French airstrikes ‘destroy’ IS camp in Syria, Paris

Six French jet fighters targeted and destroyed an Islamic State (IS) training camp in eastern Syria, president Francois Hollande said yesterday, making good on a promise to go after the group he said is planning attacks against several countries, including France.

The strikes were France’s first in Syria.

“The camp was totally destroyed,” Hollande said yesterday after arriving at the UN before the start of a major development summit and the UN General Assembly. “We’re sure there were no casualties” among civilians, he added.

Hollande told reporters the strikes on the training camp, and others to come, were aimed at “protecting our territory, cutting short terrorist actions, acting in legitimate defence”.

Hollande said more strikes “could take place in the coming weeks if necessary.”

The targets were identified in earlier French reconnaissance flights and with information from the US-led coalition. The president announced earlier this month a change in French strategy — expanding its airstrikes over Iraq into Syria.

France has carried out 215 airstrikes against IS extremists in Iraq as part of the US-led coalition since last year, the defence ministry said earlier this month.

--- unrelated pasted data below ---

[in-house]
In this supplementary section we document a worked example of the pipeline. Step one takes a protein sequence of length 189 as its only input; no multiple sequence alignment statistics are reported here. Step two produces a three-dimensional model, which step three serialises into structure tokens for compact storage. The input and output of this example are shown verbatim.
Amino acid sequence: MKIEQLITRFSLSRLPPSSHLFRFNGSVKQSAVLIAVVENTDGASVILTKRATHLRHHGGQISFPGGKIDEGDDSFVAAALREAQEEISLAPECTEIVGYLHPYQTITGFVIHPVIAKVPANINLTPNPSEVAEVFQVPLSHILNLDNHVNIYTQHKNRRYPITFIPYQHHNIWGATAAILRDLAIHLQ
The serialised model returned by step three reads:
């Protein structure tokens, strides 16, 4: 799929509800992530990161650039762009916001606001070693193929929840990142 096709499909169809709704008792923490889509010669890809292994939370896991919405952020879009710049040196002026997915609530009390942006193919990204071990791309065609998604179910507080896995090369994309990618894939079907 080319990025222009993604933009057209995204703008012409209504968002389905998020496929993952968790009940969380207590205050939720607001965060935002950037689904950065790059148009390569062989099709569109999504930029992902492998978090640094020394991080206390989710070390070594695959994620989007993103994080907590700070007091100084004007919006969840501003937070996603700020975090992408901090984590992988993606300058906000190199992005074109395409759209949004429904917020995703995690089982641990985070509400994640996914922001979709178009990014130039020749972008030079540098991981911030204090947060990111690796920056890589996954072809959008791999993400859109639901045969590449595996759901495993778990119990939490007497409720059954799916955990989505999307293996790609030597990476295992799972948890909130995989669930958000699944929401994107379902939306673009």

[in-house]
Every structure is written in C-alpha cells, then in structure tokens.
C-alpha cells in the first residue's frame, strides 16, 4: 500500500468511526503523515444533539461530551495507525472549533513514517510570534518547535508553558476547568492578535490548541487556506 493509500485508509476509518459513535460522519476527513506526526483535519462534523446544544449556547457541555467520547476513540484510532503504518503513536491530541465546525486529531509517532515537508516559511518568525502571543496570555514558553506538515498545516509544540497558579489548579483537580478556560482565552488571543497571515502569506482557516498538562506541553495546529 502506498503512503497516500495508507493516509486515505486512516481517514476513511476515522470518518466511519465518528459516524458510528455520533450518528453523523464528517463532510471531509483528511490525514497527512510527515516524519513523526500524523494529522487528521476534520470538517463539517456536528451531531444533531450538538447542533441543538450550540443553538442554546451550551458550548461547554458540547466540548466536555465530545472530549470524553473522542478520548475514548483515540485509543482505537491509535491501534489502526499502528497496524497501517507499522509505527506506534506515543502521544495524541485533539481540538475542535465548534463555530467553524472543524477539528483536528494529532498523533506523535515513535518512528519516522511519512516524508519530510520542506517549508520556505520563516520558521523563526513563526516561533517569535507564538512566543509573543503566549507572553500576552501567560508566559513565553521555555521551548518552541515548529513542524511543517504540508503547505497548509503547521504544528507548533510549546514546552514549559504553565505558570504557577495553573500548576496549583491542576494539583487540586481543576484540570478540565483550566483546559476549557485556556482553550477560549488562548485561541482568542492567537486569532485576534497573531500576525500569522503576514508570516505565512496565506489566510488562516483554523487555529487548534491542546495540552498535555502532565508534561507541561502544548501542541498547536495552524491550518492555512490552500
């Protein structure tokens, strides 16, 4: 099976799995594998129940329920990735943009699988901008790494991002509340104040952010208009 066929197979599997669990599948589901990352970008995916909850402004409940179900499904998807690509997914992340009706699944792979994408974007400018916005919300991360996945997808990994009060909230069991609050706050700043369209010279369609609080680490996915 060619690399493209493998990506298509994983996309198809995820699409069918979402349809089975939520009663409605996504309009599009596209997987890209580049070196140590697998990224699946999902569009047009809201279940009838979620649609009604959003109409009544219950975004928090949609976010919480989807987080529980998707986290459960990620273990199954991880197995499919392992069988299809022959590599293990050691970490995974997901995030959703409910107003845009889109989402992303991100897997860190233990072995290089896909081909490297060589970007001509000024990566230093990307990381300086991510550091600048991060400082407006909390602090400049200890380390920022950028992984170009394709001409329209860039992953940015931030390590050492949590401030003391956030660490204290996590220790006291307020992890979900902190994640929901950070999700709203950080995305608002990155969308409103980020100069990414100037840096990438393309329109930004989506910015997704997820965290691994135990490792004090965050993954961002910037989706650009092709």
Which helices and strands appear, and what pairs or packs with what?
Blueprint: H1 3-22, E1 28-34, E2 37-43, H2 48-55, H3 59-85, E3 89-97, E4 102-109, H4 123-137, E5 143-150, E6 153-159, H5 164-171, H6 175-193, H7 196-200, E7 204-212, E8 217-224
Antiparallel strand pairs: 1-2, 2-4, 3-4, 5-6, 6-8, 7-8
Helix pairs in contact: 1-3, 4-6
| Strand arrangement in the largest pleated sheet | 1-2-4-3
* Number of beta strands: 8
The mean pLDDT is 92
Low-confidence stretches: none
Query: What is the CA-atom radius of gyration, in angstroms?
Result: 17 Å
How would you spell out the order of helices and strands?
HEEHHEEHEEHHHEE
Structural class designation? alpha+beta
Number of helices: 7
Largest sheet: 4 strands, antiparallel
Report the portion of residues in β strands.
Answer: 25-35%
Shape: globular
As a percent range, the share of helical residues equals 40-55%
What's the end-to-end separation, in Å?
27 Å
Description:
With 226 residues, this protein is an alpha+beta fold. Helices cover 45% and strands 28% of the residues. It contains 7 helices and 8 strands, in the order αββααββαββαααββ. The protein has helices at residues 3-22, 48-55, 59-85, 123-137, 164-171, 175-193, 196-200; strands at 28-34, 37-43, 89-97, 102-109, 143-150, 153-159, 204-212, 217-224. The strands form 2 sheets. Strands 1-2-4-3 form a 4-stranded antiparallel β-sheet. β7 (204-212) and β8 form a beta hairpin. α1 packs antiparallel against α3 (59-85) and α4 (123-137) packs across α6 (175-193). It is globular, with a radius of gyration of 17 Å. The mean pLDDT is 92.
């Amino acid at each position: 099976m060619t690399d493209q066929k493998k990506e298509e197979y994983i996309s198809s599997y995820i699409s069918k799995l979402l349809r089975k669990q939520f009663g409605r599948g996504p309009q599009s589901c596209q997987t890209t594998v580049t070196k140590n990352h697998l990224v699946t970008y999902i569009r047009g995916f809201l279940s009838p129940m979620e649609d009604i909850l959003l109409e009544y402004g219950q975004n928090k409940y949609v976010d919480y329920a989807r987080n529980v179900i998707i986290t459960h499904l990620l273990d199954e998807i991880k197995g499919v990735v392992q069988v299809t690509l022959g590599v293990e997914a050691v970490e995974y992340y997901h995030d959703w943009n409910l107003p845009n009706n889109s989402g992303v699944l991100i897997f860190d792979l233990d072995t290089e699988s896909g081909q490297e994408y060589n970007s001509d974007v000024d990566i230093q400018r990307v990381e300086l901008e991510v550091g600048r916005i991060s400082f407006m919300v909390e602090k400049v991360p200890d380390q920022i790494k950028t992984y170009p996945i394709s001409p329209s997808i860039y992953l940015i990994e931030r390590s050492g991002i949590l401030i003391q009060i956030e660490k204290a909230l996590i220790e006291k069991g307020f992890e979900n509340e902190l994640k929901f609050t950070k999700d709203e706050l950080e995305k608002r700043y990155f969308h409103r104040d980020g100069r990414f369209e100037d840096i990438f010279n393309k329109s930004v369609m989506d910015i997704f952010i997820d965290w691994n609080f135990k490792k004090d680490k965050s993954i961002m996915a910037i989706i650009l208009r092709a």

French prime minister Manuel Valls said France was going after IS “sanctuaries where those who want to hit France are trained”.

The goal of the strikes is to “slow, break, stop if possible the penetration of Daesh”, Gen Vincent Desportes said on the iTele TV station, using the Arabic acronym for IS.

Hollande stressed the importance of seeking a political solution for Syria.

“More than ever the urgency is putting in place a political transition,” including elements of the moderate opposition and Assad’s regime, the statement said.

At the same time, he said, “the future of Syria cannot be with Bashar al Assad”.

Hollande announced on September 7 France’s intention to start airstrikes, days after the photo of a dead 3-year-old Syrian boy galvanised public concern about refugees fleeing to save their lives.

In his statement yesterday, Hollande said: “Civilian populations must be protected from all forms of violence, that of IS and other terrorist groups but also the murderous bombardments of Bashar Assad.”

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